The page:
February 09, 2023

Lower risk for slips, trips and falls

9 safety tips

PEOSTA, Iowa — Slips, trips and falls are a leading cause of injury across industries, and agriculture is no exception.

As winter approaches and the chance for ice increases, take time now to prepare for on-farm safety.

“Farmers and ranchers risk injury from slips, trips and falls every day due to the varied types of work and surfaces involved in their day,” according to AgriSafe Network.

“They work with hand tools, ladders, large equipment, concrete and wooden steps, rough and uneven walking surfaces that can also be wet, icy, oily and slippery and have multiple trips from outside light into darkened facility areas.”

Tripping hazards, including cords and debris on shop floors, pose a risk. Falls from both low and high levels are also a danger.

Safety Tips

1. Use handrails when they are available.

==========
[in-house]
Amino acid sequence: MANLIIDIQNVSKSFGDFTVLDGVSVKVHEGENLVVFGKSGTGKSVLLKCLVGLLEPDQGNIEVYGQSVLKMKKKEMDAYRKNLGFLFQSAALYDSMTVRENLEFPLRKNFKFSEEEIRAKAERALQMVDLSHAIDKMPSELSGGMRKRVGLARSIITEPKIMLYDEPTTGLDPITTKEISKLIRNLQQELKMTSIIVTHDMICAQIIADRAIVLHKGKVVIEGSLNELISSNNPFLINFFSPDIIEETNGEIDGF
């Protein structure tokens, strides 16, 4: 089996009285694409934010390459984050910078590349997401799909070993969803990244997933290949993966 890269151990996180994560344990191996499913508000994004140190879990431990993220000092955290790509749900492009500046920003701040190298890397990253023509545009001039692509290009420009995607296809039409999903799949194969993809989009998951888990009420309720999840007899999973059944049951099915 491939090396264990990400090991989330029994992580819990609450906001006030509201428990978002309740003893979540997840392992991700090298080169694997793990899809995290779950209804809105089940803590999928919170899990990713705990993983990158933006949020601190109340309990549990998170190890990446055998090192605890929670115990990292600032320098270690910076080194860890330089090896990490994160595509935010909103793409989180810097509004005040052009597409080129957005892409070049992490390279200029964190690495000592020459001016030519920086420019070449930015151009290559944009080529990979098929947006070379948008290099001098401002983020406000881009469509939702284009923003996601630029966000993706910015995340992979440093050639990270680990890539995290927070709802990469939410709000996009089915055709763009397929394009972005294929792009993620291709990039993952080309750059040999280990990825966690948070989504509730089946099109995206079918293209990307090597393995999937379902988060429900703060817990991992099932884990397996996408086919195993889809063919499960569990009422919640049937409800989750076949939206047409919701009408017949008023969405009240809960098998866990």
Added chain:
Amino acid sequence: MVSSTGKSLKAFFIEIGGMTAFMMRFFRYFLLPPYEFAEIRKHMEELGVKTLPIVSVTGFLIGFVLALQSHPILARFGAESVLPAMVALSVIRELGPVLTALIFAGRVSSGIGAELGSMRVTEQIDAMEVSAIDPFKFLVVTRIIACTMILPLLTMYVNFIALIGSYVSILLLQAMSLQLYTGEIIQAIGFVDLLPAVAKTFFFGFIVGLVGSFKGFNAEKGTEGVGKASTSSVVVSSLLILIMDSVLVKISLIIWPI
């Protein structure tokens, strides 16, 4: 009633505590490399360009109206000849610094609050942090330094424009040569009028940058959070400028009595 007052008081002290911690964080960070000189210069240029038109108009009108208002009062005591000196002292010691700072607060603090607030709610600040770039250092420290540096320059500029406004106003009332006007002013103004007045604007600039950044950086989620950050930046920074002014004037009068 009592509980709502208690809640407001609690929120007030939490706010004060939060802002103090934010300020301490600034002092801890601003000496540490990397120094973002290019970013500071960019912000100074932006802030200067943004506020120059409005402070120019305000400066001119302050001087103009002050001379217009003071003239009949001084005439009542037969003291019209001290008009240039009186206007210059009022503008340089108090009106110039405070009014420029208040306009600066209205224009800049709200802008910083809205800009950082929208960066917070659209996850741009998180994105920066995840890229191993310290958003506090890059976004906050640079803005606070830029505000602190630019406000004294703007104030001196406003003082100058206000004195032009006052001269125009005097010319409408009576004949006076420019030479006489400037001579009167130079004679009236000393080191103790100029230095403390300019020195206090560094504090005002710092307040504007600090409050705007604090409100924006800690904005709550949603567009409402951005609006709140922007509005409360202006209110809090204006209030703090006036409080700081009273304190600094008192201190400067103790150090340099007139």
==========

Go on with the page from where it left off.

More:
2. Follow the three points of contact rule. Use two hands and one foot, or two feet and one hand, when mounting and dismounting ladders of all kinds. This includes free standing, those attached to bins and tractor and combine ladders. Always face the ladder.

3. When handling animals, be aware of the flight zones and use correct technique with lead ropes and lunge lines.

4. Wear gloves that are the right size and appropriate for the job.

5. Check footwear on a regular basis to make sure the grips and water channels have not worn down. With the exception of chemical use or heavy wet environments, leather work boots with sturdy, flat soles with intact boot laces are a necessary part of farm work. An exception includes when working with horses where a heeled boot is needed or work in very wet areas such as milking parlors, power washing and pesticide applications where a rubber or nitrile boot is the safe option.

6. When moving from an outdoor light or well-lit room to a darker area, remember to remove sunglasses or pause a few second before entering in case there is a step up or down.

7. Avoid carrying loads that are so high or too bulky that they block your line of vision.

8. Keep walkways picked and swept up.

9. Avoid distracting conversations such as cell phone use when engaged in work areas that can be hazardous.

Erica Quinlan

Erica Quinlan

Field Editor